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Württembergische Lebensversicherung AG owns a 14,000 m² plot of land at the south-western end of Stuttgart’s city centre. Its former company headquarters were demolished in 2011 and replaced by an ambitious new urban development, comprising of retail, office and residential space. The competition for the building and external design was won by architectural firm Bernd Albers Berlin, while Ippolito Fleitz Group were commissioned to design the interior for all public spaces and to develop a guidance and orientation system.

The interior was designed to position the GERBER as a key location and leading city address. Its main axes successfully negotiate the terrain topography and connect the city centre with its neighbouring quarters. The GERBER itself is more of an urban boulevard than a mall. A high-end design throughout makes it viable in the long term, while remaining a low-threshold location for those less interested in luxury. Trademarks of the mall include its high quality environment, easy orientation and spatial elements with a strong recognition value.

Access to the public areas of the GERBER is provided via entrances set at three of the four corners of the building. Thanks to its strategic position at several crossroads, shoppers are guided straight into the mall from the surrounding streets. The two entrances on Tübinger Straße lie at ground level whereas the Marienstraße entrance is one level higher. This height difference coupled with the non-linear layout of the main shopping trajectories within the mall make a clear and precise guidance system indispensable.

The entrance areas already introduce key themes of the interior design. A central element of the interior identity are light rings whose shape echo the GERBER logo – a letter ‘g’ constructed from two circles. The positioning of these rings responds to the respective entrance situation. At the narrow, steeper entrance at the eastern corner, an interlocking, linear chain of rings accompanies the visitor upwards. While at the wider northern entrance, they explode across the ceiling in a wide arc. At the third, single-storey entrance, curved bands of light integrated into the ceiling adapt the theme while tracing the route that forks here. The theme of intertwining rings thus creates a signature address for each entrance. The light rings reach their pinnacle at the very heart of the mall where they entwine a column and extend upwards to form a tree of light piercing all three storeys.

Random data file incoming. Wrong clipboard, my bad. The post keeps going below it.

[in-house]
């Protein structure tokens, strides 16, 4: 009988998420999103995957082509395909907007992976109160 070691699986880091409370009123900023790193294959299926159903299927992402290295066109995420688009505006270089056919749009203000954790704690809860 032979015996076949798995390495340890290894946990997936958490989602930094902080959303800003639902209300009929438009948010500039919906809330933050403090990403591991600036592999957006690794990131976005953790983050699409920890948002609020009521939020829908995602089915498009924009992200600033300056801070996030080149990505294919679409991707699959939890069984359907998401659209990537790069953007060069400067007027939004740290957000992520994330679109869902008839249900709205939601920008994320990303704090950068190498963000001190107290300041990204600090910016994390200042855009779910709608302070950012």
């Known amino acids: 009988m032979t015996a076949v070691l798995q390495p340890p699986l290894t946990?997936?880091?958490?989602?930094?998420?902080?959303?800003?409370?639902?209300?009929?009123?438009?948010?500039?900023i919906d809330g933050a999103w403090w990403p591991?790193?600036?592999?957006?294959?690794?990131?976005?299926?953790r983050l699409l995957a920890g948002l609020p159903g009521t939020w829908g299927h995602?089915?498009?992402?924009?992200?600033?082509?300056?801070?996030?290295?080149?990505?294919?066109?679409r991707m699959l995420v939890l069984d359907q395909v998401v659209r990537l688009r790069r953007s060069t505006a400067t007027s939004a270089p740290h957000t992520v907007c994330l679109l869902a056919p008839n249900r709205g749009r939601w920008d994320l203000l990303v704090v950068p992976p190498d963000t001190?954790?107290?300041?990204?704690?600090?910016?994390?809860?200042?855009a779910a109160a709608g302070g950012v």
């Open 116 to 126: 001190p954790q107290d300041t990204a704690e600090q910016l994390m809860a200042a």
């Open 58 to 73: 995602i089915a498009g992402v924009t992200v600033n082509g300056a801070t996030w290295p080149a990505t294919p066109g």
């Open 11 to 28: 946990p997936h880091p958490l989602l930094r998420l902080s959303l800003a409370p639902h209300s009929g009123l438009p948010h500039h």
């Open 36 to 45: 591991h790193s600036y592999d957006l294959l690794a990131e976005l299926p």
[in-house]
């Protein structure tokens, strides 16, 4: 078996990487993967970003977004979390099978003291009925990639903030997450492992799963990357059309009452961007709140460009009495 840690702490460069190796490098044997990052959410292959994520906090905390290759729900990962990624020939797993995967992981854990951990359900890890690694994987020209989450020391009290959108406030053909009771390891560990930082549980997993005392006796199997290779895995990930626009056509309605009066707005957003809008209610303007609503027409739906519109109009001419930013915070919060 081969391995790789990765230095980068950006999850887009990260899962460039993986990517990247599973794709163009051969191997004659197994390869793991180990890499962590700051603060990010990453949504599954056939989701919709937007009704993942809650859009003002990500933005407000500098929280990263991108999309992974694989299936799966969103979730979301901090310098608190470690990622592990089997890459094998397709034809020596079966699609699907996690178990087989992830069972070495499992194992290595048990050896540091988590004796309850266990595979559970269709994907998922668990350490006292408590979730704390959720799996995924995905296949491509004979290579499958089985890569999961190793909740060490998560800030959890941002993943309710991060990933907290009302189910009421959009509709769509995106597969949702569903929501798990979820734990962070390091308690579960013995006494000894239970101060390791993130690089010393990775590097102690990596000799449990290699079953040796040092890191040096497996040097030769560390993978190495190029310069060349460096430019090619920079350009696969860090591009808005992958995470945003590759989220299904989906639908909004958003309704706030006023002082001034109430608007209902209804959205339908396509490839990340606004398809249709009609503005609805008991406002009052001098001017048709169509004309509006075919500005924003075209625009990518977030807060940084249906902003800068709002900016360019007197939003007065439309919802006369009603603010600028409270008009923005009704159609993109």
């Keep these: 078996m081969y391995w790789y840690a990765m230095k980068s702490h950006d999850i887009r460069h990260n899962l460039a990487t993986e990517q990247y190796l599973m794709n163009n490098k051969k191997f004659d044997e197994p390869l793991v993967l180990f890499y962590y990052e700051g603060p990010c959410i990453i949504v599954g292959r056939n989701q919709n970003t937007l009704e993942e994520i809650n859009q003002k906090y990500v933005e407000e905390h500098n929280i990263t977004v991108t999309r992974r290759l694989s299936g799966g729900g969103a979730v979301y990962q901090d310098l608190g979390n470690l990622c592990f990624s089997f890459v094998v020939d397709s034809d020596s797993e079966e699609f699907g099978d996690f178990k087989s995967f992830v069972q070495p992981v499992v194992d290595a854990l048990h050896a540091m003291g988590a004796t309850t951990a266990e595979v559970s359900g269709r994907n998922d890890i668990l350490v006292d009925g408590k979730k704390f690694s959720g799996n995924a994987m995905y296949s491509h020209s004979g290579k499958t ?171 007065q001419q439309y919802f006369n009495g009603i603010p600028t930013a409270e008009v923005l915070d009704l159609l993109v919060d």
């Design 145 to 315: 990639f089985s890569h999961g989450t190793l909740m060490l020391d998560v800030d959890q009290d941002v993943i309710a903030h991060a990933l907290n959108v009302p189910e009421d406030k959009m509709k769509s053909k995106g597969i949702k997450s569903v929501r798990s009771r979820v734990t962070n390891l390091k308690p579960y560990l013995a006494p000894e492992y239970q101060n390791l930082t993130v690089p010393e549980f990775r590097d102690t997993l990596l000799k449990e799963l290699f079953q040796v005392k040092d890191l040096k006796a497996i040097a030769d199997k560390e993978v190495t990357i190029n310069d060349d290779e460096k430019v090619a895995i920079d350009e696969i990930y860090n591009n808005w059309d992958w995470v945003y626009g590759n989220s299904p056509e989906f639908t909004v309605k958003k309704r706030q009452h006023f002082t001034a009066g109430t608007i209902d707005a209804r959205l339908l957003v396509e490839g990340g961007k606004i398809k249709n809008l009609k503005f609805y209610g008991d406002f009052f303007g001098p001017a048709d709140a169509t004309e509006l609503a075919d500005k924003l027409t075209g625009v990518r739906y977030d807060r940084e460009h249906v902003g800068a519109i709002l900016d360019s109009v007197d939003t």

Incised airspaces create visual links between the different levels of the mall. Rounded ceilings and balustrades give the space a flowing appearance and emphasise its verticality. Glass sides make the ceiling layers appear less weighty, revealing shop façades on other levels and attracting shoppers to continue their shopping spree there. The monochrome colouring of all public areas adds a note of elegance. The lack of colour also deliberately avoids visual competition with individual shop façades.

The flowing movement is continued in the curved edges of the shop façades. A handbook for store façade design was developed to ensure a cohesive look throughout the mall’s interior. The spatial feel and high-quality materials used for the façades underscore the its positioning in a more high-class retail segment. The shop façades are additionally brought into line by a continuous, warm dark grey façade screen. Its horizontal line traces the exterior borders of the public areas and serves as a means of orientation. Black light channels set into the ceiling and dark wooden hand rails support this effect by circumscribing the spatial apertures. The play of black lines is completed in a dark strip running down the back of the back-lit escalators. Each escalator serves as a striking light object and an important horizontal orientation point.

A stoneware floor is laid in all public areas, including those leading to the toilets, elevators and stairs. An hexagonal tile has been used to reflect the pavements in the surrounding urban environment, which thus appears to be continued in the interior of the mall. The hexagonal shape does not impose a particular direction on the shopper, instead inviting one to tarry and browse, while still clearly denoting the route. The GERBER is designed to unite the shopping experience outside and inside the mall, making it not just a shopping mall, but a fixed point in the urban scene. The shape of the floor tiles recurs in the ceiling design, where they are tilted and offset to form relief accents.

The GERBER introduces a new retail boulevard and highly desirable location for the modern shopping experience. Flowing movements guide the consumer down a bend into the mall and create a light atmosphere with soft transitions and generous visual connections between the three retail levels. The design of the interior space effectively entices the city indoors.

Design: Ippolito Fleitz Group

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